Prepare yourselves local outdoorsman because the biggest day of hunting in our state is next weekend.
Next Saturday morning, a small army of Oklahoma hunters will take to the woods for the opening of the regular gun season. I will definitely be participating and hoping for love-stuck bucks running wild through the Cross Timbers landscape.
This is a season that was going to be good to gun hunters if only from how the calendar falls. The most favorable scenario is muzzleloader season running well into November and then only one weekend before the start of gun season. This gives gun hunters valuable days of hunting close to the peak of the rut and this is what hunters got this fall.
The hunting outlook for the season is similar to any year. It does seem the rut is ahead of the schedule this season, but that could also mean it’s right on time because we’ve had good weather this fall as opposed to warm temperatures.
Evidence of rutting activity can differ widely throughout the county, but my observations had things hitting full throttle last weekend. The final Saturday of muzzleloader season, one of the oldest does I know of busted out of a dense creek bottom mid-morning. Behind her was a handsome mature 10-point who had no intention of letting her back into the creek bottom.
He chased her and steered her until they were within 50 yards of my blind. A few seconds later, I had my first muzzleloader buck in two years. One of the first hot does led me to hunting success, and since then the bell curve of breeding activity has reached its peak.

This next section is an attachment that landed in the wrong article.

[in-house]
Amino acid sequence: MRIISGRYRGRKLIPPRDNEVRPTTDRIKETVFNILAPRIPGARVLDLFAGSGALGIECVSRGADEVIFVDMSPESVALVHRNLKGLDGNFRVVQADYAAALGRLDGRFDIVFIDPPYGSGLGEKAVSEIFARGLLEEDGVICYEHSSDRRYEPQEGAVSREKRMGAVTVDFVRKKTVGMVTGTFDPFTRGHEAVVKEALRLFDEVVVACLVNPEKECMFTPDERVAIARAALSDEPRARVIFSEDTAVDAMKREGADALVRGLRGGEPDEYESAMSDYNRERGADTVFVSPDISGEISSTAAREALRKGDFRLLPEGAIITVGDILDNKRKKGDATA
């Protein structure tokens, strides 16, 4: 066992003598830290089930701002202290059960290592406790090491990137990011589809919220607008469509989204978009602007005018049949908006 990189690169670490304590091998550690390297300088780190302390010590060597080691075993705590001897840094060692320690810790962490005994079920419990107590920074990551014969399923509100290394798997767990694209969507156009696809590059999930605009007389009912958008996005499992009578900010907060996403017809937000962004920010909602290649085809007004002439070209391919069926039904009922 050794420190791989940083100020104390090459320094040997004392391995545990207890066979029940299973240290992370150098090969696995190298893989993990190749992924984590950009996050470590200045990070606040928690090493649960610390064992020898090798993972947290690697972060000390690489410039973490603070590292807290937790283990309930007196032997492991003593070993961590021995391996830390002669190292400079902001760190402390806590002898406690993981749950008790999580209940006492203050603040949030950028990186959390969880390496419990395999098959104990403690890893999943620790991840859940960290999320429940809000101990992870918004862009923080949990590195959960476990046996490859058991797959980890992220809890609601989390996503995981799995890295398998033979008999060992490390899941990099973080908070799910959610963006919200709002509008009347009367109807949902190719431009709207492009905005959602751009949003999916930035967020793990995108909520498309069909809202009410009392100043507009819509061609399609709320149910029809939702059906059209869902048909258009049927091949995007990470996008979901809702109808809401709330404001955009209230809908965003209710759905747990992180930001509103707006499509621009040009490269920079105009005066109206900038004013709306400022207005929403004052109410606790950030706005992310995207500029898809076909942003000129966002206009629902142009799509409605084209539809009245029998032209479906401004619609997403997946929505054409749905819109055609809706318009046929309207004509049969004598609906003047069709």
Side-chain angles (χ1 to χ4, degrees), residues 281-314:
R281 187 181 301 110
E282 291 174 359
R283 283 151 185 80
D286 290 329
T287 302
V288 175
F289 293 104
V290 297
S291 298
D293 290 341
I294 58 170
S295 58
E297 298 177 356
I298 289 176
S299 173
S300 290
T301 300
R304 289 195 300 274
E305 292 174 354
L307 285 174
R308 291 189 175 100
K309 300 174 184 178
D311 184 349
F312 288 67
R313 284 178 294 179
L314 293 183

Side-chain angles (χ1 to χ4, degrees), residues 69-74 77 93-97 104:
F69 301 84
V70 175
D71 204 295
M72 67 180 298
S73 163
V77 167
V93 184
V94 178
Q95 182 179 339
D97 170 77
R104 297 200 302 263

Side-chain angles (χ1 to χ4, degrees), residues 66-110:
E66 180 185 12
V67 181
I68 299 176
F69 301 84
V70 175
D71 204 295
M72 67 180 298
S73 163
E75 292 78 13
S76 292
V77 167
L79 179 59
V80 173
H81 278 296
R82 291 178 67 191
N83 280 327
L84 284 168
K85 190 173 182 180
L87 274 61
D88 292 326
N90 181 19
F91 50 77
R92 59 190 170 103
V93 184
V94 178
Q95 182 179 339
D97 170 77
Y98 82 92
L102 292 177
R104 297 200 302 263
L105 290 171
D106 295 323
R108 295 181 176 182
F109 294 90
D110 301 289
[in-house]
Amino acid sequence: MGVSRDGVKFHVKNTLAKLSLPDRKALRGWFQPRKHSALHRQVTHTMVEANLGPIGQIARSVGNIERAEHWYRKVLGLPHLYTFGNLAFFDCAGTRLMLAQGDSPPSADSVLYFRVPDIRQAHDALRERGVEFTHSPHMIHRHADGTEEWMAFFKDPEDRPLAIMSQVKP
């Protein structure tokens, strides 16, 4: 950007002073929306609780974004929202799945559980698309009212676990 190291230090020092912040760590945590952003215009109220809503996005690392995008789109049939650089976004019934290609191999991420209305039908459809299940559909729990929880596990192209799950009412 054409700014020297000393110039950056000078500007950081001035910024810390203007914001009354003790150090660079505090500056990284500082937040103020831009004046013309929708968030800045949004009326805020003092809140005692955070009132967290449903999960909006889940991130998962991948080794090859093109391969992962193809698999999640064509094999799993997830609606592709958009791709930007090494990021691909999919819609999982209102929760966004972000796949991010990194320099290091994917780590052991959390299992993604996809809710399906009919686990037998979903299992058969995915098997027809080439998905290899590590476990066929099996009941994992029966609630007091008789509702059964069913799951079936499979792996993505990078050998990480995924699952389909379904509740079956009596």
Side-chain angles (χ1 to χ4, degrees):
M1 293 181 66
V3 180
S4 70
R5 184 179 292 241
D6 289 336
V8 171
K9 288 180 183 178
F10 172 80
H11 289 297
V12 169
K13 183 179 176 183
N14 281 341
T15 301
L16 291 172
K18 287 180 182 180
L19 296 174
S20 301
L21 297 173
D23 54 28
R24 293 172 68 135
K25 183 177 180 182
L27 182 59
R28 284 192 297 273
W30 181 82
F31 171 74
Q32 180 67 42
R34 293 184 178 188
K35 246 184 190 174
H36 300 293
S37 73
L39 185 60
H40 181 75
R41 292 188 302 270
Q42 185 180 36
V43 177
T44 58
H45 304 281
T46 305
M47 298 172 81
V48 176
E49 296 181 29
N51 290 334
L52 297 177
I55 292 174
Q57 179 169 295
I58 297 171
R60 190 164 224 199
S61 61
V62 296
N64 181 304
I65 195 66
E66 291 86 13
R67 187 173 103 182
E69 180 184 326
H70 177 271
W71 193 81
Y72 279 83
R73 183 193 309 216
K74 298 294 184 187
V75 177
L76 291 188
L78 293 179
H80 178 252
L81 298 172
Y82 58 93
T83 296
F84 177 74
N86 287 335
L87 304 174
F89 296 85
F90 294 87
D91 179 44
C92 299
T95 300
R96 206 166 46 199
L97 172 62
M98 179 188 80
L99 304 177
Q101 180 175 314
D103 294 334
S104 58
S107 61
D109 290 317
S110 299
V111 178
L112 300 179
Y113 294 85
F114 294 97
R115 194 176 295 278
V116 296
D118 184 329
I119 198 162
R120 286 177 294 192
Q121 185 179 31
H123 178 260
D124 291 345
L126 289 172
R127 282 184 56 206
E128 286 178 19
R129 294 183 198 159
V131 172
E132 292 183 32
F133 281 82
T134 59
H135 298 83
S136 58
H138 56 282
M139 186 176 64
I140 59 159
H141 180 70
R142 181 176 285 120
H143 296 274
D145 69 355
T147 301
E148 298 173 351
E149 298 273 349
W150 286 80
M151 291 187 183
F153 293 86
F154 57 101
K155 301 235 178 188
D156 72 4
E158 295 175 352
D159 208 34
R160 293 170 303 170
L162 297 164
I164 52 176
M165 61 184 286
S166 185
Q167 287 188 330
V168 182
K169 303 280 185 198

That same curve will decline as we enter gun season, placing the timing on the backside of the peak of the rut. This is how most years go, but I’m banking that the strong run into the rut and good weather will mean local bucks rut harder this year than they recently have.
This is a perfect recipe for local gun hunters. I would expect older deer to be searching for the last few does in heat from the initial wave of breeding and that’s a good outlook for hunting success.
Most every hunter in the state waits all year for the opening weekend of gun season. The chance to hunt rutting bucks with a rifle is something that can make Oklahoma fans wear orange without feeling bad.
Something that should not be forgotten is that gun season generally accounts for 70,000 deer harvested from a renewable resource that is shared by the people of the state of Oklahoma. While the world of hunting continues to focus on antlers, the real impact from gun season is deer in the freezer of Oklahoma hunters.
The greatest day of hunting in our state is on the horizon, and this should be a good one. The bucks are rutting, the weather has been good, and all you need is a little luck for the buck of a lifetime to make an appearance. Good luck to everyone this gun season.
Jon Kocan is the Stillwater News Press outdoors writer and a longtime hunter. He can be reached at email@example.com.